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Mar 22

Is Technology Subsuming Marketing?

HBR Staff/boonchai wedmakawand/Getty Images

Last year, we published an analysis showing that U.S. companies’ advertising expenditures decreased from 1% of total expenditures in 1975 to 0.8% in 2017. We concluded that the importance of marketing must have been reduced in the organizational hierarchy, especially compared to, say, engineering, technology, and innovation. (RD expenditures increased from 1% to 8% in the same time frame.)

Many scholars and practitioners wrote to us arguing that marketing is much more than advertising spend. It was a fair point. Unfortunately, marketing expenses, as opposed to advertising outlays, are not typically disclosed by firms, making it hard to examine the importance of marketing over time based on reported expenditures.

Our data came from Standard and Poors’ Execucomp database. This database provides information on the compensation of the top-5 compensated executives for companies included in the SP 500, SP 400 MidCap, and SP SmallCap 600 indexes. Execucomp collects these data from companies’ annual proxy filings, covering salary, bonus, options and stock awards, non-equity incentive plans, pensions and other compensation items.

We identified people from marketing, technology, operations, and finance functions by performing keyword searches on their job titles. We retained 105,759 observation representing the above functions, of 21,115 unique executives in 3,169 distinct companies from 1999 to 2017. We then calculated the number of people for each function, represented in the top-5 compensation group, and then compiled the annual average of that number by function.

So we turned to another data set: the top leadership of SP 1500 firms. When we looked at the top five compensated officers of a firm between 1999 and 2017, we found a dramatic decline in the number of chief marketing officers (CMOs) in this top rung — about 35%. Meanwhile, the number of officers representing information or technology in the top five, highest-paid category increased, and now far exceeds the number of CMOs. Because compensation typically reflects an executive’s seniority in an organization, our data suggests that the importance of CMO in the organizational hierarchy has declined, which supports our earlier assessment that marketing as a function is less valued today than it once was.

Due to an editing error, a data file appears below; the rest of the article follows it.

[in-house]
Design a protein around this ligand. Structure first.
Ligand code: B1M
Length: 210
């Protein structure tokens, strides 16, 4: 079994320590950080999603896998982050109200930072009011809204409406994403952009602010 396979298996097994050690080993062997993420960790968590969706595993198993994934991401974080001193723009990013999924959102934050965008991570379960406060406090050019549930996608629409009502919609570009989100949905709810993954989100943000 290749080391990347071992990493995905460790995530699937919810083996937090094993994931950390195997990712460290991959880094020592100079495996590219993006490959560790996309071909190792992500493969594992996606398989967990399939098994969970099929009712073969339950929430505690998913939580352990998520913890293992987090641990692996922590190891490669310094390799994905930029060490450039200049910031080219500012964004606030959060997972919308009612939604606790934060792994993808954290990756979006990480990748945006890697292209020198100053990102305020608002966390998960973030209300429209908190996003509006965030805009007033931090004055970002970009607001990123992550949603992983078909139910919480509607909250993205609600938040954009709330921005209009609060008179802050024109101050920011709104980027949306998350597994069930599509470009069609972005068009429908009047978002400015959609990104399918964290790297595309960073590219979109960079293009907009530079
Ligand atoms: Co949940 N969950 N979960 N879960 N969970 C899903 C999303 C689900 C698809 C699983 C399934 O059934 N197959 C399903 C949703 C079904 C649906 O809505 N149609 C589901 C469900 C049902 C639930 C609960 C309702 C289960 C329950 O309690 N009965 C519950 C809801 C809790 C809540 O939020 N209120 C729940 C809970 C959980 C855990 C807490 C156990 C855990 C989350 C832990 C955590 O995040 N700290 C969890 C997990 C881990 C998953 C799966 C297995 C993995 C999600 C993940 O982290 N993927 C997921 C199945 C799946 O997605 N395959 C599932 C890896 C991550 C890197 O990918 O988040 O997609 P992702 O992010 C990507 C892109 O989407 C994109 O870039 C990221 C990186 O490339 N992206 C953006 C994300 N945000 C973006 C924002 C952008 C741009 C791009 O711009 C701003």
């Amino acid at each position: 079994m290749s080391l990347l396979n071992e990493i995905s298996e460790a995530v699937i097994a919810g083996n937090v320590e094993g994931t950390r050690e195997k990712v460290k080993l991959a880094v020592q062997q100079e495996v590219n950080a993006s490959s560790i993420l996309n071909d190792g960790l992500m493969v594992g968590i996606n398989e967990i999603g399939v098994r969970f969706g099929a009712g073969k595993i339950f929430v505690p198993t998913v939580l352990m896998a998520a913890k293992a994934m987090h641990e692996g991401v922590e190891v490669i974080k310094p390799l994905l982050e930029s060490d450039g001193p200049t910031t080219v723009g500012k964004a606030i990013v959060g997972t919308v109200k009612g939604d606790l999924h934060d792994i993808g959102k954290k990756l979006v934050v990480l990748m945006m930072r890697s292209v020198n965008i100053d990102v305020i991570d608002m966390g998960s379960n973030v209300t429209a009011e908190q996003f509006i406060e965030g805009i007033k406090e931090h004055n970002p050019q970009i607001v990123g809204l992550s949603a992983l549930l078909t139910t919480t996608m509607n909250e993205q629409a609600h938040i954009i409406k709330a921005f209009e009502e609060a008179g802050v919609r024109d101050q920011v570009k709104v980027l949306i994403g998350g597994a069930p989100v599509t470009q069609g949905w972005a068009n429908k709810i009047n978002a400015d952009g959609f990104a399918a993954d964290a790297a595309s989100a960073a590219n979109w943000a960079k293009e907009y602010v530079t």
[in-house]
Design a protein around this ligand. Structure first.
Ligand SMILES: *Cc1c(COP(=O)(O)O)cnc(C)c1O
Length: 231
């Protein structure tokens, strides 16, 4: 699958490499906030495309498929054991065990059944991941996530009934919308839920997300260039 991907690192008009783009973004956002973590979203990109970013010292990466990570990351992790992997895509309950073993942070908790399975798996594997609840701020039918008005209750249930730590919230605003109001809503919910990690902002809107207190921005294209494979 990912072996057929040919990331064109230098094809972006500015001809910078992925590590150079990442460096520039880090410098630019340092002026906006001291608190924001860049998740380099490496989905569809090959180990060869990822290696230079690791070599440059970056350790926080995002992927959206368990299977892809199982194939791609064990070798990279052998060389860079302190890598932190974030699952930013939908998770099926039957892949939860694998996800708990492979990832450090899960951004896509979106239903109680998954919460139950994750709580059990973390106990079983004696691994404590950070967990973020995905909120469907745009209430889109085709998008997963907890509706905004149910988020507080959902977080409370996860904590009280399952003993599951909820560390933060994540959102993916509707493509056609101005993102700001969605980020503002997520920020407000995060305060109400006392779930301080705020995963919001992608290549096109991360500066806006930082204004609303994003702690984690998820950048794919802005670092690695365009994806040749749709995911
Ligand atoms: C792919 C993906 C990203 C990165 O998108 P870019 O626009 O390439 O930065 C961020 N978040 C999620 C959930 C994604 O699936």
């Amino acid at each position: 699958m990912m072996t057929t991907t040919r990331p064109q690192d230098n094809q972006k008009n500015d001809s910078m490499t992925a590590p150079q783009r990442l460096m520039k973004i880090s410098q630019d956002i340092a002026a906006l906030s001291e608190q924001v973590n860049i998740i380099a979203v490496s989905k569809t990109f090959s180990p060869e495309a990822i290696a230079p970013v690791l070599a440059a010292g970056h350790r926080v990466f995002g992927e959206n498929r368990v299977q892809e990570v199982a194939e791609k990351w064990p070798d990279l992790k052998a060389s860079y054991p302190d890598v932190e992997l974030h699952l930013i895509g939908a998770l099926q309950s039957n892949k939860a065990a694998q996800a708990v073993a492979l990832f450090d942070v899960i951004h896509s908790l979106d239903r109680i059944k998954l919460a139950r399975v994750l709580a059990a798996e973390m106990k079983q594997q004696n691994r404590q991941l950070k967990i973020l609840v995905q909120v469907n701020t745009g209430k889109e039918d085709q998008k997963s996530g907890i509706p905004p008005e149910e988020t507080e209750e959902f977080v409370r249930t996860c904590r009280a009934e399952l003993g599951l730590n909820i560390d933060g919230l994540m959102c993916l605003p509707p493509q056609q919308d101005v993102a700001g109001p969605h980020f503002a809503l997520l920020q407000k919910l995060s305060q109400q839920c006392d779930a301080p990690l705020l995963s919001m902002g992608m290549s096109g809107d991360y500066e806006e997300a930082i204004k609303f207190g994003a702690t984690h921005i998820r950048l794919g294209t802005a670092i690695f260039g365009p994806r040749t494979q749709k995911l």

We found several potential explanations for these trends. One is that the number of tech firms has increased over time, while the number of firms in other industries, such as retail and manufacturing, has declined. Both retail and manufacturing sell physical products and rely heavily on the traditional 4P marketing principles (product, price, promotion, and place).

Another explanation is that marketing itself has changed. Customers now spend an increasing percentage of their income on software-based services that are created, priced, and distributed over the internet. They also get more information about products and services from online sources — bloggers, online reviews, influencers — than from watching advertisements. Advertisements themselves are now instantaneously placed in browsers based on customer data.  So the application of the 4Ps today requires more constant experimentation and dynamic decisions (not to mention algorithms, data scientists, econometricians, and big data experts), instead of the well-thought-out and stable policies that are recommended by extensive market research. As a result, IT must play an increasingly important role in marketing, and the importance of the person who looks at marketing from the technology lens must have increased over time. On the flip side, a marketing person who doesn’t understand technology must find it difficult to keep his or her job. One could even argue that marketing is getting merged into the IT function or outsourced to companies such as Google Marketing Platform.

Another explanation is that the technology-oriented founders do not fully appreciate the importance of marketing and underinvest in the function. Many of the leading brands today, such as Google, Microsoft, Amazon, and Facebook, were created by technology prowess. Compare this strategy to the advertising-based brand creation strategy of past successful brands such as Coca-Cola and Nike. It is noteworthy that among Apple, Microsoft, Google, Facebook, and Amazon, the top five most valuable brands identified by Forbes magazine, only Microsoft had a CMO that appears in the list of top five paid executives in 2017.

Yet another possibility is that firms increasingly acquire brands instead of developing them organically. This is evident from the increasing pace of mergers and acquisition transactions. Recall Microsoft’s acquisition of LinkedIn, Facebook’s acquisition of WhatsApp, and Google’s acquisition of YouTube, in multi-billion-dollar deals. This trend might explain the growing importance in the organizational hierarchy of the CFO, who negotiates the acquisition and the integration strategy of the target and arranges financing.

Whatever the definitive explanation, our findings indicate that the importance of CMOs in the organizational hierarchy has declined while that of CTOs has risen dramatically. Our findings should interest board of directors, CEOs, and IT, marketing, and human resources departments, as they consider their future staffing, compensation, and promotion policies. Perhaps it’s time to stop considering marketing and technology as two isolated departments and encourage closer collaborations between them.

Permanent link to this article: http://homebiz2bizreview.net/internet-marketing/is-technology-subsuming-marketing/

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